Diagnosis and Staging
For information on the symptoms of cholangiocarcinoma, click here.
How Cholangiocarcinoma may be diagnosed
A GP’s examination and blood tests will be followed by referral to a hospital for specialist tests, expert advice and treatment.
As well as general health tests, including checking liver function, the following tests are commonly used to diagnose Cholangiocarcinoma:
- Ultrasound scan
- CT (computerised tomography) scan
- MRI (magnetic resonance imaging)
- ERCP (endoscopic retrograde cholangiopancreatography)
- EUS (endoscopic ultrasound scan)
- PTC (percutaneous transhepatic cholangiography)
- PET (positron emission tomography)
CT (computerised tomography) scan
A CT scan takes a series of x-rays which build up a three-dimensional picture of the inside of the body. Usually a drink or injection is given before the scan to allow particular areas to be seen more clearly. The scan is painless and takes from 10-30 minutes.
MRI (magnetic resonance imaging)
This test is similar to a CT scan, but uses magnetic fields instead of x-rays and takes place with the patient lying on a couch inside a metal cylinder. Read More
ERCP (endoscopic retrograde cholangiopancreatography)
This procedure may be used to take an x-ray image of the pancreatic duct and bile duct. It can also be used to unblock the bile duct if necessary. Read More
EUS (endoscopic ultrasound scan)
This scan is similar to an ERCP but involves an ultrasound probe being passed down the endoscope to take an ultrasound scan of the pancreas and surrounding structures.
PTC (percutaneous transhepatic cholangiography)
This procedure may be used to take an x-ray picture of the bile duct. It may also be used to take a biopsy (get a sample of tissue) from the tumour. Read More
PET (positron emission tomography)
A PET scan is a special kind of imaging test which allows doctors to see how certain tissues and organs within the body are functioning. Read More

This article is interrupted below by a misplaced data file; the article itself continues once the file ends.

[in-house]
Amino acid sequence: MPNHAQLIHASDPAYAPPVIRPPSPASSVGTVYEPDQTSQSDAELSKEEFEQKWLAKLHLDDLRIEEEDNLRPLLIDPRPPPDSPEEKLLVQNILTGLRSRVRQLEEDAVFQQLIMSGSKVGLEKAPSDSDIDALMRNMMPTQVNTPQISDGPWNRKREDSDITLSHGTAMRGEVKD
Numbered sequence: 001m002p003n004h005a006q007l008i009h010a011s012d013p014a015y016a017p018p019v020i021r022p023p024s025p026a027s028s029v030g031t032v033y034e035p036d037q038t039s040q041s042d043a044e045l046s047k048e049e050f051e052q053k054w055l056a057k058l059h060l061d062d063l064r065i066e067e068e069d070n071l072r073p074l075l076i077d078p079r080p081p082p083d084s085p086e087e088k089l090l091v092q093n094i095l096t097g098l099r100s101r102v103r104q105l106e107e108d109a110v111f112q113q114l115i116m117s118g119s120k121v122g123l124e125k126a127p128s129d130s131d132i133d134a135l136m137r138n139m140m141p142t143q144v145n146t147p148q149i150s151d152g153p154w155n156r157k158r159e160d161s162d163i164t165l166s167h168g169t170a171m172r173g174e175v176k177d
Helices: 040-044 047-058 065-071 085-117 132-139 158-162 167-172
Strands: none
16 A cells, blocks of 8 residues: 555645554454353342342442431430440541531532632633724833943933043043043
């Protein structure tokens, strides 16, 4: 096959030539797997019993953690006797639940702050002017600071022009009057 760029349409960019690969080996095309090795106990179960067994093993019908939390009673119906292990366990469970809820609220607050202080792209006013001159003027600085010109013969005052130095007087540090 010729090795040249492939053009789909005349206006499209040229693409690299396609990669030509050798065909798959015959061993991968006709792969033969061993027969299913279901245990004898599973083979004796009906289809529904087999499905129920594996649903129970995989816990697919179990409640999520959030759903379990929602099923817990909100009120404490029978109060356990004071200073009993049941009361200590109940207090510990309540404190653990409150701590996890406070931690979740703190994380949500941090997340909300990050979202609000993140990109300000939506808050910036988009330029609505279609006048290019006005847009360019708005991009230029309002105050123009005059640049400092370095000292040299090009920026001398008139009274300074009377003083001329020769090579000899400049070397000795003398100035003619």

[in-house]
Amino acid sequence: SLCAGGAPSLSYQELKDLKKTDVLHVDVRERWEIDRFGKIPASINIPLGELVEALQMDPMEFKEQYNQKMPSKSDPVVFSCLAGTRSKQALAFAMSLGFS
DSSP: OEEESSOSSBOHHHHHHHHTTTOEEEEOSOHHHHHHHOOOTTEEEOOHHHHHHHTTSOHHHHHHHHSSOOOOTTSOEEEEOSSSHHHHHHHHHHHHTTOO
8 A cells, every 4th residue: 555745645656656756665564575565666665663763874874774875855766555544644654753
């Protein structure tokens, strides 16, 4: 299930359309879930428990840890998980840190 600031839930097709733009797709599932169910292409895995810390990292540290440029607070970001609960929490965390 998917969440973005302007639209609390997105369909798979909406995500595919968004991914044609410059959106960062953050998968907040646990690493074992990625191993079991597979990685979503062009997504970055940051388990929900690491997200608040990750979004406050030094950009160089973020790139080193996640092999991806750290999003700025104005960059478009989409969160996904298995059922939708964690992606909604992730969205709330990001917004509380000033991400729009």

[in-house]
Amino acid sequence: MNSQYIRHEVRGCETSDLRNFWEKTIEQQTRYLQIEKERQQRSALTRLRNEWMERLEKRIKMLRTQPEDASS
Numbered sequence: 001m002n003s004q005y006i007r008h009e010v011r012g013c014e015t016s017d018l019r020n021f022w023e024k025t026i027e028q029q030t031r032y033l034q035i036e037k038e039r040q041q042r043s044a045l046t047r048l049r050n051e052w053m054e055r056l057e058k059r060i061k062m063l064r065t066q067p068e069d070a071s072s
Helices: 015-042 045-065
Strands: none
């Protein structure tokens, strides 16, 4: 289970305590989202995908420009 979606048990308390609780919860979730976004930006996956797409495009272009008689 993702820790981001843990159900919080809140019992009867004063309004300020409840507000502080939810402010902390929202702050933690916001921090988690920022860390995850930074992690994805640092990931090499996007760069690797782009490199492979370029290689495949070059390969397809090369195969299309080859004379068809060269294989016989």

This is a test to look at blood vessels. The bile duct is very close to large blood vessels that carry blood to and from the liver. An angiogram may be used to check whether any of them are affected by the cancer. Read More
The results of the previous tests may strongly suggest a diagnosis of cholangiocarcinoma, but often the only way to be sure of this is a biopsy. Read More
A laparoscopy is sometimes used to help diagnose cholangiocarcinoma and is carried out under a general anaesthetic. Read More
The stage of a cancer is a term used to describe its size and whether it has spread beyond its original site. Knowing the stage of a cancer helps doctors to decide on the most appropriate treatment.
Cancer can spread in the body in the blood stream or through the lymphatic system. The lymphatic system is part of the body’s defence against infection and disease. It is made up of a network of lymph nodes connected by fine tubes.
By examining the lymph nodes close to the biliary system the stage of the cholangiocarcinoma can be assessed.
TNM Staging for cholangiocarcinoma (bile duct cancer)
TNM stands for Tumour, Node and Metastasis.
T describes the size of the primary tumour
N describes whether the cancer has spread to the lymph nodes
M describes whether the cancer has spread to a different area of the body
Each type of cholangiocarcinoma1 – intrahepatic, hilar (perihilar or Klatskin), extrahepatic and distal – is individually listed under the TNM staging system. Read More
Grading refers to the appearance of the cancer cells under the microscope and gives an idea of how quickly the cancer may develop.
Low-grade means that the cancer cells look very like normal cells; they are usually slow-growing and are less likely to spread. In high-grade tumours the cells look very abnormal, are likely to grow more quickly and are more likely to spread.